Blank form of the living will on a desk

by Jeff Deiss

CFP, AEP, Wealth Advisor

We’ve written recently about focusing on what you can control and using COVID-19 downtime to tackle issues you may not normally get to.

We’re being a little more specific today. The pandemic has reminded us all just how important our health is—and making sure we have the right plans in place for ourselves and our loved ones should we fall ill.

Generally, when it comes to making important health care and “life or death” decisions, the following key legal documents should be available to the family to ensure that your loved one’s or your wishes are carried out:

  • Living will (aka Advance Directive)
  • Health Care Proxy (aka Health Care Power of Attorney)
  • HIPAA Authorization

What is a living will?

A living will allows someone to state their wishes regarding certain kinds of medical treatments, as well as life-prolonging and end-of-life procedures. This document typically takes effect if someone cannot communicate their own health care decisions, which is likely the case when someone is on a ventilator for treating a COVID-19 related illness. The benefit of a living will is that it helps ensure health care wishes are carried out so that family members are not in the position of having to make difficult decisions on their own. Many state laws dictate the form and content of living wills; the enforceability of living wills also varies by state.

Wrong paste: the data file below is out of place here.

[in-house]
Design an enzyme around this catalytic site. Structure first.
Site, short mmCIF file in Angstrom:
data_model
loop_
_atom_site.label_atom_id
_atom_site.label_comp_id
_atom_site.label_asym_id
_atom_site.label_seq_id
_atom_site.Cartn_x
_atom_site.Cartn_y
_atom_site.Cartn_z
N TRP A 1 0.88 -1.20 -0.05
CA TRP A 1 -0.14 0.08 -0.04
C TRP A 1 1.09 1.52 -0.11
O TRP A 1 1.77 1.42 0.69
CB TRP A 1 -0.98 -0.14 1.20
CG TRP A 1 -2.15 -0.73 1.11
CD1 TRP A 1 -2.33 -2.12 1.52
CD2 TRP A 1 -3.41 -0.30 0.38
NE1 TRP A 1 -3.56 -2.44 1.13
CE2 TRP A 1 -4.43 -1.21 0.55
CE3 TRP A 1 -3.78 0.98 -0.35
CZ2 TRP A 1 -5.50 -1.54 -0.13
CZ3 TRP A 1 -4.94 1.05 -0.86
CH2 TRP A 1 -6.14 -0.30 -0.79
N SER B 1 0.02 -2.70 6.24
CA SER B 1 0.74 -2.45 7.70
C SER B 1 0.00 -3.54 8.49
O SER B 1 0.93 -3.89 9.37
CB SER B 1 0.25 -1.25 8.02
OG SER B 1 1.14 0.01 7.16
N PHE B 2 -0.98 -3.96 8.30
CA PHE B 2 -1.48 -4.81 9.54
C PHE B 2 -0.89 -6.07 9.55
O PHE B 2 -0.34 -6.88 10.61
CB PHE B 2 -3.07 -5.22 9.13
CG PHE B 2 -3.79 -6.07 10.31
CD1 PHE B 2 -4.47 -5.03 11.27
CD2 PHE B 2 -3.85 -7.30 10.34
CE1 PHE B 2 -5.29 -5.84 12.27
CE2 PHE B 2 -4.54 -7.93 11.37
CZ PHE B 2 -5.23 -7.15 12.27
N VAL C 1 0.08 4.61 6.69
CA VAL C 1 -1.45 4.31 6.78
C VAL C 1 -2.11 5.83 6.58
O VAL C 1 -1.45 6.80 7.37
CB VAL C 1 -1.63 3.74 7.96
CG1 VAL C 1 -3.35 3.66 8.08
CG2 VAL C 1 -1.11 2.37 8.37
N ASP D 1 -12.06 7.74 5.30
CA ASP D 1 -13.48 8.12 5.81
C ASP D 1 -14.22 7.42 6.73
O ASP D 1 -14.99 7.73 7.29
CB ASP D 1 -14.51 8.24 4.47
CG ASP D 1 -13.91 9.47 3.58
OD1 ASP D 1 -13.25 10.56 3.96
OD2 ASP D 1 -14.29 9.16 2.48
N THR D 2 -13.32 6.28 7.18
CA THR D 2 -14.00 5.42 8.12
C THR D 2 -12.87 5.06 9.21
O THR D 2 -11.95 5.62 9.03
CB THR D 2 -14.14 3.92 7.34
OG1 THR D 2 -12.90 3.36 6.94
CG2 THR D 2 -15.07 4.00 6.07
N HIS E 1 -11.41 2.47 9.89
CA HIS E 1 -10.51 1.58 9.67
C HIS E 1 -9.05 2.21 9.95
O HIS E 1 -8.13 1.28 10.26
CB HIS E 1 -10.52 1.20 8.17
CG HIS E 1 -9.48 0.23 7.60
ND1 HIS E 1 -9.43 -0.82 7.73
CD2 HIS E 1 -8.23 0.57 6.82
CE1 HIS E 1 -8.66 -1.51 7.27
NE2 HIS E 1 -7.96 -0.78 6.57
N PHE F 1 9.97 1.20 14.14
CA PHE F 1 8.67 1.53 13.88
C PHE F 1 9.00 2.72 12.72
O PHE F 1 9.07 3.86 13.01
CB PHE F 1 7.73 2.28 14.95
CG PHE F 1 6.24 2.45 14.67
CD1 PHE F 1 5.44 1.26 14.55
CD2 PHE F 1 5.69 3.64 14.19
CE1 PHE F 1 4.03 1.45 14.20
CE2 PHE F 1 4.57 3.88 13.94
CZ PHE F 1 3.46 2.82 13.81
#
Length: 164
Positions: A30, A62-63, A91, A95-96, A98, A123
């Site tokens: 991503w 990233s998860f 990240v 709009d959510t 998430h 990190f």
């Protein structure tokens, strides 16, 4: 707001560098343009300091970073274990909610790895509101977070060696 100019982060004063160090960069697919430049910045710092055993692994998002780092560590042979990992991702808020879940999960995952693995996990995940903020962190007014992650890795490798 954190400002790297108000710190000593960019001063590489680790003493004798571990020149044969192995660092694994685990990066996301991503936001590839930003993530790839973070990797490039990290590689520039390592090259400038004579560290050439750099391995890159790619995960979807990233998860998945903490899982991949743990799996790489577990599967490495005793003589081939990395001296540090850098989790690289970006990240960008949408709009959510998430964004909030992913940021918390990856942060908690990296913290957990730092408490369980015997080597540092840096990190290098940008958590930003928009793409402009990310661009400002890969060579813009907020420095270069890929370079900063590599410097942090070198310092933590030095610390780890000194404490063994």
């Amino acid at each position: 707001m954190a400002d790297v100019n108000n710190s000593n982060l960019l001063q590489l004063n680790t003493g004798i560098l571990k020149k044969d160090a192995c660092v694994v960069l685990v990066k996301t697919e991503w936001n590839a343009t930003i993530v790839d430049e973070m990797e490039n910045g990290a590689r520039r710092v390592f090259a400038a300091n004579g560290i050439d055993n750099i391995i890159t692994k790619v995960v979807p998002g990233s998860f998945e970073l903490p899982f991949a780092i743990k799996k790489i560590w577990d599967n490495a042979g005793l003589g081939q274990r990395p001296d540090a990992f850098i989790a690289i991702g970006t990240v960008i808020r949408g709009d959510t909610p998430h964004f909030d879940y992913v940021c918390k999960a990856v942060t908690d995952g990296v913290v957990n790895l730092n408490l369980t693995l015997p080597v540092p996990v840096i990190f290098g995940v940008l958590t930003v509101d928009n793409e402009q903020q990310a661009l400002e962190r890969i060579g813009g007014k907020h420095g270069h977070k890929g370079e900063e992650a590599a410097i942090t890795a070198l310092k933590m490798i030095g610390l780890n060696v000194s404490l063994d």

All adults should have a living will in addition to the two documents that follow. If you have one already, you may consider updating it to consider “maintenance of respiration” under the definition of medical treatment and adding language for how your health care proxy (aka power of attorney or POA) can communicate with medical staff (email, facetime or other video conferencing service).

What is a health care proxy?

A health care proxy (POA) grants authority to another person to make medical decisions on a person’s behalf when that person is not able to communicate decisions on their own. The health care proxy ends when the person granting authority revokes it, or dies.

Make sure the person you name as your POA understands your wishes under certain circumstances and also has the emotional capacity to carry out your wishes. Keep a copy accessible and check with your primary care physician to see if they will also keep a copy on file. If you are hospitalized, make sure a copy is provided to the hospital upon admission.

What is HIPAA authorization?

A Health Insurance Portability and Accountability Act (HIPAA) authorization is a legal document that allows an individual’s health information to be used or disclosed to a third party, typically the individual named as health care POA. Without it, your family does not legally have access to your medical records. This waiver can be customized to some extent, allowing for sharing some information while keeping other information private.

If you’re comfortable that you’ve got your asset allocation and investment strategy in order, then remember that even the best investment management can be foiled by poor planning. Creating and updating your critical estate planning documents before an “event’ is critical to you getting the care you desire, to keeping your family healthy and functional while dealing with an event and also to allow them to make important decisions in conjunction with your health care providers.

As we’ve mentioned in a prior post on May 18, most states have passed legislation allowing for remote or online “notarization” of these type of documents. If you are not sure how to proceed, reach out to your ACM Wealth Advisor who can provide you with a complimentary “estate planning assessment” to make sure you’ve got things in order.

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